Role of Magnetic Field Gradient on the Beaming Cone Flattening of Io-Controlled Jovian Decameter Radiation
Wednesday, 16 December 2015
Poster Hall (Moscone South)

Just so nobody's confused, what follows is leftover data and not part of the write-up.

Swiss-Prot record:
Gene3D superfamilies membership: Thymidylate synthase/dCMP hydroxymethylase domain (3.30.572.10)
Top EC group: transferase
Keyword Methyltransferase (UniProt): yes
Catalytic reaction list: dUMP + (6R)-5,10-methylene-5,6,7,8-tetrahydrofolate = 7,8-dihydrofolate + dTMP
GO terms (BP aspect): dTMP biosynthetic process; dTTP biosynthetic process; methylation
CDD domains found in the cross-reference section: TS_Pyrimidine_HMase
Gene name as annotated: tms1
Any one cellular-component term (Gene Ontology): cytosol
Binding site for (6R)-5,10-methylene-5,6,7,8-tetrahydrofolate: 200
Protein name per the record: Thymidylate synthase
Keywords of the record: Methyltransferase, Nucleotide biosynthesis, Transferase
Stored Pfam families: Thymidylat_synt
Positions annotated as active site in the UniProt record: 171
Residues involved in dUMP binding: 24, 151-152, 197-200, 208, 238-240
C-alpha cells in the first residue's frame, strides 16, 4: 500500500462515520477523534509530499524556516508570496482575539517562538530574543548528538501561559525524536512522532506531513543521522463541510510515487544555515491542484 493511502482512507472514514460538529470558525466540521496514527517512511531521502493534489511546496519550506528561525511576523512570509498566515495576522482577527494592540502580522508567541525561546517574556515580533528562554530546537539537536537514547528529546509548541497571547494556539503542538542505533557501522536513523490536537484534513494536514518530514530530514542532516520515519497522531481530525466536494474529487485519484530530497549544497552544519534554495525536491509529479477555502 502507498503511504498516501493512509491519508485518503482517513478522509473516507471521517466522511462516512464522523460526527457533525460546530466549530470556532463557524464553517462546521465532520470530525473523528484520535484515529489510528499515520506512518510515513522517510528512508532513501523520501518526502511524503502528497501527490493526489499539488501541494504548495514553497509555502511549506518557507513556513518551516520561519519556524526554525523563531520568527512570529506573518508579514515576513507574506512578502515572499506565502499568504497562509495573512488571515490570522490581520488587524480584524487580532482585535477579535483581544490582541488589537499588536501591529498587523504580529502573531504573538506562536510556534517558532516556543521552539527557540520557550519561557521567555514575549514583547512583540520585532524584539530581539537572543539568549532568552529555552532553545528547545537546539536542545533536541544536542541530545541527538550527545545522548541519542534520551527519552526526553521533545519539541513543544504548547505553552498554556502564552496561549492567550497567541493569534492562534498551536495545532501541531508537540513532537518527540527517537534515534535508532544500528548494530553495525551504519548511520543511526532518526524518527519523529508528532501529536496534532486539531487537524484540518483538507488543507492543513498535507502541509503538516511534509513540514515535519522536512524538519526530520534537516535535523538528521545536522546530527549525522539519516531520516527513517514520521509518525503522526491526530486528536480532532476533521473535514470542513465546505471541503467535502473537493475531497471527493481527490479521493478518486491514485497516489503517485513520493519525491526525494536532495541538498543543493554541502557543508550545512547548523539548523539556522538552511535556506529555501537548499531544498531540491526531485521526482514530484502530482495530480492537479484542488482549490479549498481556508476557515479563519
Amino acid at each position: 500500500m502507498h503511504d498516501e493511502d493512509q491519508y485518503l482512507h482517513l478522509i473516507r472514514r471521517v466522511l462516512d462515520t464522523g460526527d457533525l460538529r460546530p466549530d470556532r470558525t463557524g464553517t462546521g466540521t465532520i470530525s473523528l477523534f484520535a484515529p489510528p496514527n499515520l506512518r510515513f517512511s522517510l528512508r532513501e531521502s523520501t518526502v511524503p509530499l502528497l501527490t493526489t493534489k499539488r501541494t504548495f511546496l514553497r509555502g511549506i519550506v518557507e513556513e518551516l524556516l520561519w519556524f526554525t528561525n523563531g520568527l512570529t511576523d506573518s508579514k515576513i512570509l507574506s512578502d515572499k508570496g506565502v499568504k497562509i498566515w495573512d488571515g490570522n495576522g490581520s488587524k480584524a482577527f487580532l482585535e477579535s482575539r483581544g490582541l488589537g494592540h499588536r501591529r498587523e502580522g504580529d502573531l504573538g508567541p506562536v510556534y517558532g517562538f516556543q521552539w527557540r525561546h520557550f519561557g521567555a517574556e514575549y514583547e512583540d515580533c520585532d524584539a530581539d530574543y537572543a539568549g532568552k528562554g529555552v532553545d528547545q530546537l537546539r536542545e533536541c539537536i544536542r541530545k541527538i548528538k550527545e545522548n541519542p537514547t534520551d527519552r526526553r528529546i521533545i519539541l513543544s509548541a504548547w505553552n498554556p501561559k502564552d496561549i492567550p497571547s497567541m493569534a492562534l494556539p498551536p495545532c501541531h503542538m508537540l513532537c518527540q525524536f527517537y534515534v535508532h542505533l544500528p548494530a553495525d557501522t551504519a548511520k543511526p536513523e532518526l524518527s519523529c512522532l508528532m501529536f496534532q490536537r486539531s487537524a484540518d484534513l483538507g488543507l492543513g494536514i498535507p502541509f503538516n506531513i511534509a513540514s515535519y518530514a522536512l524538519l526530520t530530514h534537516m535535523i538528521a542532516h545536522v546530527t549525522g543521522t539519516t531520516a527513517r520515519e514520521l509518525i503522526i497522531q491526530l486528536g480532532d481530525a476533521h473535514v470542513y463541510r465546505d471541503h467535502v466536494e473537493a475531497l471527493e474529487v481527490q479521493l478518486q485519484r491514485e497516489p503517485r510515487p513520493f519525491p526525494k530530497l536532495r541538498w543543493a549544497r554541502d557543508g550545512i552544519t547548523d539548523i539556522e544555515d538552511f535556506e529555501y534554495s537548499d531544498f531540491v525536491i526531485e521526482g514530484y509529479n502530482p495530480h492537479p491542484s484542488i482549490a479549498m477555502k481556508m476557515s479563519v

A recent study of the angular distribution of the Jovian decameter radiation occurrence probability, relatively to the local magnetic field B and its gradient Grad B in the source region, revealed that the radio emission is beamed in a hollow cone presenting a flattening in a certain direction. In the present work, we investigate some physical reasons for the existence of such a flattening in the beam geometry. The Jovian decameter radiation, like the other auroral radio emissions emanating from the magnetized planets in the solar system, is known to be produced by the cyclotron maser instability (CMI). This mechanism allows the direct amplification of the waves through a resonant coupling between the electron population of the plasma and the electromagnetic waves with right circular polarization of the X mode. In a medium with axial symmetry, i.e., where B and Grad B are parallel, the maximum amplification is obtained for a particular value of the emergence angle relatively to the local magnetic field B. We suppose that the plasma is constituted of a cold component which supports the wave propagation and an energetic component which takes part in the growth of the waves by supplying the CMI with free energy. The angle corresponding to the maximum amplification is not constant anymore when B and Grad B are not parallel, so that the emission cone does not have any axial symmetry and then presents a flattening in a privileged direction. The topology of the magnetic field models (O6, VIP4, VIT4, VIPAL) developed for describing the Jovian magnetospheric environment seems to indicate that such a geometry exists in the case of the Io-controlled Jovian decameter radiation.